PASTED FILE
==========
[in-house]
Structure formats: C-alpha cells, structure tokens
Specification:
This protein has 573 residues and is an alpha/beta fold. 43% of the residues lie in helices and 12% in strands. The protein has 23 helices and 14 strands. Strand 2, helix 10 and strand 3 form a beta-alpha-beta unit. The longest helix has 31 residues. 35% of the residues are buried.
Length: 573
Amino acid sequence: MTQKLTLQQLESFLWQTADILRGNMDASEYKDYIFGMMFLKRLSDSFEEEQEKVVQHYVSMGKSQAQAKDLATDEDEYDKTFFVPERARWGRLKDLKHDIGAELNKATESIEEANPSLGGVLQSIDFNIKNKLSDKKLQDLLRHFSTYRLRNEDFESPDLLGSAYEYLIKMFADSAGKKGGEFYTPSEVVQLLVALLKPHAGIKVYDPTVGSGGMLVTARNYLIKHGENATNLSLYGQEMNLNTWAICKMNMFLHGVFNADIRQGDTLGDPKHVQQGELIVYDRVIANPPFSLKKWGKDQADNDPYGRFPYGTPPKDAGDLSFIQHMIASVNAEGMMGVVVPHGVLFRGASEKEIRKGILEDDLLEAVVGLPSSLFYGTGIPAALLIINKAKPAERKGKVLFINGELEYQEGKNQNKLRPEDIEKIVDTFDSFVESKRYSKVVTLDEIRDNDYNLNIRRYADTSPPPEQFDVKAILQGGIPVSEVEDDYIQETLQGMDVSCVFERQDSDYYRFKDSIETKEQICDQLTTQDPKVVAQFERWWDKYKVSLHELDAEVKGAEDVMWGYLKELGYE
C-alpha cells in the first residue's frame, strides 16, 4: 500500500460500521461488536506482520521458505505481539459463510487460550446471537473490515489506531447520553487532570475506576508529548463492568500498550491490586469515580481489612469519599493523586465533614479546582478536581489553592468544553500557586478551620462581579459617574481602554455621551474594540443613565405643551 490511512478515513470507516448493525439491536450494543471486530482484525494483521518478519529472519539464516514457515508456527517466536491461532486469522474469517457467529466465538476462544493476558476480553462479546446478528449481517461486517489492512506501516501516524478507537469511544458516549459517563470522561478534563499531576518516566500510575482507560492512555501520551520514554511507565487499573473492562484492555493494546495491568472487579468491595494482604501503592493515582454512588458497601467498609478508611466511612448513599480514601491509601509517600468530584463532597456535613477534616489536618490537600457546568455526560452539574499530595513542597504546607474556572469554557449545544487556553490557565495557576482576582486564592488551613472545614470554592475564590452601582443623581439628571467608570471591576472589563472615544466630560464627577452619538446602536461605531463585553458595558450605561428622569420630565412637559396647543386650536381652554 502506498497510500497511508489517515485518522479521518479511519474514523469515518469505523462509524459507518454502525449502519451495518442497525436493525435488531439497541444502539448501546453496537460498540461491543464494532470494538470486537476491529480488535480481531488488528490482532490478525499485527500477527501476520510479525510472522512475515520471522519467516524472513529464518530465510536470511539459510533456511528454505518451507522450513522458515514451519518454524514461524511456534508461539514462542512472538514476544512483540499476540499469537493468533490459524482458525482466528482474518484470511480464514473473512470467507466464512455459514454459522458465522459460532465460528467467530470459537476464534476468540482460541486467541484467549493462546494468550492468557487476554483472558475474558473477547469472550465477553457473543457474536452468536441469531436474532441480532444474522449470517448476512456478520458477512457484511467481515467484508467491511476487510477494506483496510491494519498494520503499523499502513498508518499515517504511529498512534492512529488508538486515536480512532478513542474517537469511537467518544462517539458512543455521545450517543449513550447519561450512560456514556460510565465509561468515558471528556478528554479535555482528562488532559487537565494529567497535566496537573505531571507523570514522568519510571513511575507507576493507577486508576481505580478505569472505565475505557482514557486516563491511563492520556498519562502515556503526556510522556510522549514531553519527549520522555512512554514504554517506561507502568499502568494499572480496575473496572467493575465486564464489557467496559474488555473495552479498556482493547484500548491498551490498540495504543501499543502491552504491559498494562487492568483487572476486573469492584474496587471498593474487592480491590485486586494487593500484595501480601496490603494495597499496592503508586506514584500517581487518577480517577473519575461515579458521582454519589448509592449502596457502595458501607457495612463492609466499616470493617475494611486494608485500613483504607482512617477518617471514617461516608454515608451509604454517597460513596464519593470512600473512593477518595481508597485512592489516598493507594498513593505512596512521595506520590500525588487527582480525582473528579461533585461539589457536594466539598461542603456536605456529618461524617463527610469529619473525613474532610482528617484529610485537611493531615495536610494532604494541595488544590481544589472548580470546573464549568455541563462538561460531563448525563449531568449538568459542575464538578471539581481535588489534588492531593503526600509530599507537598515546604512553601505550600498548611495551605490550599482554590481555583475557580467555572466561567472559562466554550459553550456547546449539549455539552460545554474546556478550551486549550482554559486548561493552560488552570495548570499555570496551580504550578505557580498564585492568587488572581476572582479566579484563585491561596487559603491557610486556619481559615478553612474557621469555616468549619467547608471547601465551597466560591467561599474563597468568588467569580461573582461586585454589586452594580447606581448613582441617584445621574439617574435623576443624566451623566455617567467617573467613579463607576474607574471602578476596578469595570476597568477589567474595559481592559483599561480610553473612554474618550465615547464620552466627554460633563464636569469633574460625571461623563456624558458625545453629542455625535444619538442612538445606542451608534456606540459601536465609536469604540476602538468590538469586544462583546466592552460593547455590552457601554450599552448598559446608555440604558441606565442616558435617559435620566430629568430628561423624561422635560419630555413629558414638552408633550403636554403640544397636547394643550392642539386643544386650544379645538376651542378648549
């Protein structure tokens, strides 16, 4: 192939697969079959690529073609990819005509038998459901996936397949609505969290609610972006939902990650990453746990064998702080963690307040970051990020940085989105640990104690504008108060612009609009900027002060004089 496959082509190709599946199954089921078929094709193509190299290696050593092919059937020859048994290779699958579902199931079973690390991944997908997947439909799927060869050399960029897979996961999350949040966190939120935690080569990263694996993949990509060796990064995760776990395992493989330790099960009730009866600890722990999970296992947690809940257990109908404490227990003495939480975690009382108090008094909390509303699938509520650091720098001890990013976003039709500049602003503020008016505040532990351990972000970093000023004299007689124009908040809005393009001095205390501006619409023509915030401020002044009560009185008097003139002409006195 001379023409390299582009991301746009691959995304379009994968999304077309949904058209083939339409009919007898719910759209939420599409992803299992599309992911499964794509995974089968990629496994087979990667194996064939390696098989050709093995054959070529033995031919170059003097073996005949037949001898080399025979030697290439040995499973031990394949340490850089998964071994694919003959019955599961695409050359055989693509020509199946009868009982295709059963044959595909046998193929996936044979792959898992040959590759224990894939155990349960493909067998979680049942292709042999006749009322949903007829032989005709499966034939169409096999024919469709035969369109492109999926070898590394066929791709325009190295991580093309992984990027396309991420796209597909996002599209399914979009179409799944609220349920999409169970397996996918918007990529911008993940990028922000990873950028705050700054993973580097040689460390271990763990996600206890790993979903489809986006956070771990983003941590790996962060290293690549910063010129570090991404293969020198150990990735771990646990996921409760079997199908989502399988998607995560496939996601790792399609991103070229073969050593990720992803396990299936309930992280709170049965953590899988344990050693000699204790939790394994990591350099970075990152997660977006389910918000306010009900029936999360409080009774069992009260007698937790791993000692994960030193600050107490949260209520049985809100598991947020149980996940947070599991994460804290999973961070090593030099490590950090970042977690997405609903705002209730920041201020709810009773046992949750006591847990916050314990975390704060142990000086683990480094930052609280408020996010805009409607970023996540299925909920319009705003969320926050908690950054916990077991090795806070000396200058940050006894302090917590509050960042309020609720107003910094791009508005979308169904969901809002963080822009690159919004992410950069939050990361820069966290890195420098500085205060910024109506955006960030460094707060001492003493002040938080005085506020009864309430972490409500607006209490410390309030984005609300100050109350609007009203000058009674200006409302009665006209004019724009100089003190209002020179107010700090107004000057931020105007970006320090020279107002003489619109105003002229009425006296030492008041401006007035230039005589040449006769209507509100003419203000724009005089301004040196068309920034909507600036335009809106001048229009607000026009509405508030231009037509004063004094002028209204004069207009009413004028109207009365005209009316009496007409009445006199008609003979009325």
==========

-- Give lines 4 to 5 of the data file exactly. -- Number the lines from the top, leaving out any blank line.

This protein has 573 residues and is an alpha/beta fold. 43% of the residues lie in helices and 12% in strands. The protein has 23 helices and 14 strands. Strand 2, helix 10 and strand 3 form a beta-alpha-beta unit. The longest helix has 31 residues. 35% of the residues are buried.
Length: 573